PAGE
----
The point of this feature was to basically give developers a way to increase the defenses that they had against their own buffer overruns being exploited. Obviously, what we want people to do is not write buffer overruns in their code, and when you move into the management environment that you have on the .Net Framework, you dont have that problem at all, because we do type safety verification on everything that comes in. You cant actually overrun buffers because we do the memory management for you. So its not a vulnerability in the compiler, but it is a feature that provides some added defenses if youre not moving over into the new managed code phase. Lipner: As Brian said, this is not a .Net common language runtime issue thats been raised. Its rather a Visual C++ compiler issue—a different language, different technology. The second point is that there are as many ways of running a buffer overrun as there are of writing a program or building a touring machine, to be overly technical about it. What we do, for example, in the Windows division effort is use that compiler technology, and we use automated tools to scan it at basically the static source code to detect places where buffer overruns may be, and we train developers to not write buffer overruns. Among these three measures, we hope to get pretty good coverage on this issue, but one of the things we say is security is a journey, not a destination. At the end of the day, you dont get to perfection.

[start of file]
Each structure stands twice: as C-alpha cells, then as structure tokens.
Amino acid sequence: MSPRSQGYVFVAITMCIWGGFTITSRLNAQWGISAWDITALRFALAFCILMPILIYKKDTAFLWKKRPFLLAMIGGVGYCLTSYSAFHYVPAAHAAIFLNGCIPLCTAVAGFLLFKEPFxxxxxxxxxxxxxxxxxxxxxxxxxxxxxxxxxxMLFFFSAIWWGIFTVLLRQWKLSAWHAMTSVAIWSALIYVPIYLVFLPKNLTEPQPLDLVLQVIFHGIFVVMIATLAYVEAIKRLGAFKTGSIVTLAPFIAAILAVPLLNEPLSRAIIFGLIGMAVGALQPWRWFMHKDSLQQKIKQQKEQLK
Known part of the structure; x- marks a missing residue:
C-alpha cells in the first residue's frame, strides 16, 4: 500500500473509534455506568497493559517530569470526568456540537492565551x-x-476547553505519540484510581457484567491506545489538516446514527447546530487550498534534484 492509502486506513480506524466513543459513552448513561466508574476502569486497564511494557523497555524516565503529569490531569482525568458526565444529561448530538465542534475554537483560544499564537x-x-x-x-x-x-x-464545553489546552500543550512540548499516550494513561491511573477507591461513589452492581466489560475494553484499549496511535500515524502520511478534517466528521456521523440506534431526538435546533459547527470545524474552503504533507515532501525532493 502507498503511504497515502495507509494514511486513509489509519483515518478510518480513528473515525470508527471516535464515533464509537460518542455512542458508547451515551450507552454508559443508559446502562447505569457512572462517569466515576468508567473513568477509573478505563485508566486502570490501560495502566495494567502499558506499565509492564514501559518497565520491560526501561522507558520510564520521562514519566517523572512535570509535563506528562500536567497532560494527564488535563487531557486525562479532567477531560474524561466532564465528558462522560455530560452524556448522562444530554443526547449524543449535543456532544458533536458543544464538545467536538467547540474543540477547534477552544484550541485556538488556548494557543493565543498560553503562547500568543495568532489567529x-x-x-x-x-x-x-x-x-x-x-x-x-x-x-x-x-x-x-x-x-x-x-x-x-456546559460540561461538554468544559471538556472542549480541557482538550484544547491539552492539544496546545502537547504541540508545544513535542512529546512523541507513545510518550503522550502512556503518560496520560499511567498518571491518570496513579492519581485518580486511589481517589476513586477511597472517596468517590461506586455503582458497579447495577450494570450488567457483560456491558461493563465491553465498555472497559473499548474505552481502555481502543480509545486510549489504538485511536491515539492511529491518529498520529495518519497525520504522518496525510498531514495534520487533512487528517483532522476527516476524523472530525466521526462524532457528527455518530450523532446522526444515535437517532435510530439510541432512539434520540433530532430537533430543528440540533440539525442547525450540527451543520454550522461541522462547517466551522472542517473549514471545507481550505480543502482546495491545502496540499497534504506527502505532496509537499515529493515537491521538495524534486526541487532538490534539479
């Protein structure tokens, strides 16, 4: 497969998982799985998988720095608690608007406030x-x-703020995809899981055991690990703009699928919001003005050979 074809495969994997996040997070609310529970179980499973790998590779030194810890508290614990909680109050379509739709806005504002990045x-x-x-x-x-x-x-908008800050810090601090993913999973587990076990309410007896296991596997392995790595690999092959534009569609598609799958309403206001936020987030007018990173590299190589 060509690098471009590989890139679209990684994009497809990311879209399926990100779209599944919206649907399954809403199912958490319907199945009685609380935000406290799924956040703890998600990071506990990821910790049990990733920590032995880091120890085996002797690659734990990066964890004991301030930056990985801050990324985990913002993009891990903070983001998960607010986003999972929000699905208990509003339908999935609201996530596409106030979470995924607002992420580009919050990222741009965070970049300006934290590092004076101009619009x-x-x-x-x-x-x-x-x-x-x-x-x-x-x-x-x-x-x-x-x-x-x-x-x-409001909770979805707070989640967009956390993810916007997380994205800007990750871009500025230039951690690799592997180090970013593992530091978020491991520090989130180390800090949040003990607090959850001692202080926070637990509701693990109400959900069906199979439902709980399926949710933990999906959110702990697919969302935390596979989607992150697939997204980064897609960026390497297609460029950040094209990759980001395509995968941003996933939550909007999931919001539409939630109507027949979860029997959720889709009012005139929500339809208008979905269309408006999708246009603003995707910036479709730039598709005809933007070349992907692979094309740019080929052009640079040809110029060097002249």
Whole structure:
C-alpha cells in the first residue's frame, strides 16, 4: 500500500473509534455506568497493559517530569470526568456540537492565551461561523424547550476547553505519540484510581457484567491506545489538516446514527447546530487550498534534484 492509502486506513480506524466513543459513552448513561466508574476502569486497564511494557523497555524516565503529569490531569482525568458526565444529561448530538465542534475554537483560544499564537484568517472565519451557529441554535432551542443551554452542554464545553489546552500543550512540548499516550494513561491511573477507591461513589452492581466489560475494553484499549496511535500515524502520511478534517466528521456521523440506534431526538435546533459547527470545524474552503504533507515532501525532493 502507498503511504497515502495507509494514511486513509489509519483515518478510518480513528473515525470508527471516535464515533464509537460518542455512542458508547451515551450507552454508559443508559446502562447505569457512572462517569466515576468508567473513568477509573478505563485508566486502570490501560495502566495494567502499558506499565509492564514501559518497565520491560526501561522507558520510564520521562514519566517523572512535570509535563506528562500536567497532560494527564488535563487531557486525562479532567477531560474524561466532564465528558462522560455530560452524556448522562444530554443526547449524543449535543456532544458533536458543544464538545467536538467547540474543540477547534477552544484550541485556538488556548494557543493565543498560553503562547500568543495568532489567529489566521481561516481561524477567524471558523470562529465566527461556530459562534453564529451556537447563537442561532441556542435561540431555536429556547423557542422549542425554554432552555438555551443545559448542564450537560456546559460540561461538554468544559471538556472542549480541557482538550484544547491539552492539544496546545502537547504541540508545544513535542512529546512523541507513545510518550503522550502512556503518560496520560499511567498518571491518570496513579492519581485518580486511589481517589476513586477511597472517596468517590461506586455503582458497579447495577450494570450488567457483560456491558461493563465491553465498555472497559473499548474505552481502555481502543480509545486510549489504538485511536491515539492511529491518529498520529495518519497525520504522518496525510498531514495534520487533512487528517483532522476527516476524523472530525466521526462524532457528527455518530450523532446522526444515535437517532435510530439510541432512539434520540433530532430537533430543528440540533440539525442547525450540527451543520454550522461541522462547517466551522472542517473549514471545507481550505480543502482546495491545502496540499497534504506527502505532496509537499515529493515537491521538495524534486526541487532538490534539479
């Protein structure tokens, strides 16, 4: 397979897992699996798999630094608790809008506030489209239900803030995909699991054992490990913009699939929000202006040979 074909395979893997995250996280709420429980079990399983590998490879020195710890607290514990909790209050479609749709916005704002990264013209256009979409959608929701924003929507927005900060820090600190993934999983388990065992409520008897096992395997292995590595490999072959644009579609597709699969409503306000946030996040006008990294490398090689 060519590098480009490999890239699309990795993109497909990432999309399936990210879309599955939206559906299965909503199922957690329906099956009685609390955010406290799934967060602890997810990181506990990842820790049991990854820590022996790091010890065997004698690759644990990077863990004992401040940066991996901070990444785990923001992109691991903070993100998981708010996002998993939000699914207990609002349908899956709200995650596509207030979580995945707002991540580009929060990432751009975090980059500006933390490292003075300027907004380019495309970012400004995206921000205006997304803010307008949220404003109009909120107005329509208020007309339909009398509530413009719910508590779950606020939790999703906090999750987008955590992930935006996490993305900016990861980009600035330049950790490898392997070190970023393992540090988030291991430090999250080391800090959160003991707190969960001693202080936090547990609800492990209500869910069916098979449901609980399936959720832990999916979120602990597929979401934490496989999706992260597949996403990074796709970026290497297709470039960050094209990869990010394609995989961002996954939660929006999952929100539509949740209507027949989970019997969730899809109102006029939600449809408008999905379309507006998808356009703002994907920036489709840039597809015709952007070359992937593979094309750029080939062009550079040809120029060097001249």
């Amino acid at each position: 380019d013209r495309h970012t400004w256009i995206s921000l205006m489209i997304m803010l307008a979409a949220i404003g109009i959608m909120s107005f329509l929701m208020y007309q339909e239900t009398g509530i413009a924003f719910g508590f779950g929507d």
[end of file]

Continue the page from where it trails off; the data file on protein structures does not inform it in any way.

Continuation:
Peter Coffee is Director of Platform Research at, where he serves as a liaison with the developer community to define the opportunity and clarify developersÔÇÖ technical requirements on the companyÔÇÖs evolving Apex Platform. Peter previously spent 18 years with eWEEK (formerly PC Week), the national news magazine of enterprise technology practice, where he reviewed software development tools and methods and wrote regular columns on emerging technologies and professional community issues.Before he began writing full-time in 1989, Peter spent eleven years in technical and management positions at Exxon and The Aerospace Corporation, including management of the latter companyÔÇÖs first desktop computing planning team and applied research in applications of artificial intelligence techniques. He holds an engineering degree from MIT and an MBA from Pepperdine University, he has held teaching appointments in computer science, business analytics and information systems management at Pepperdine, UCLA, and Chapman College.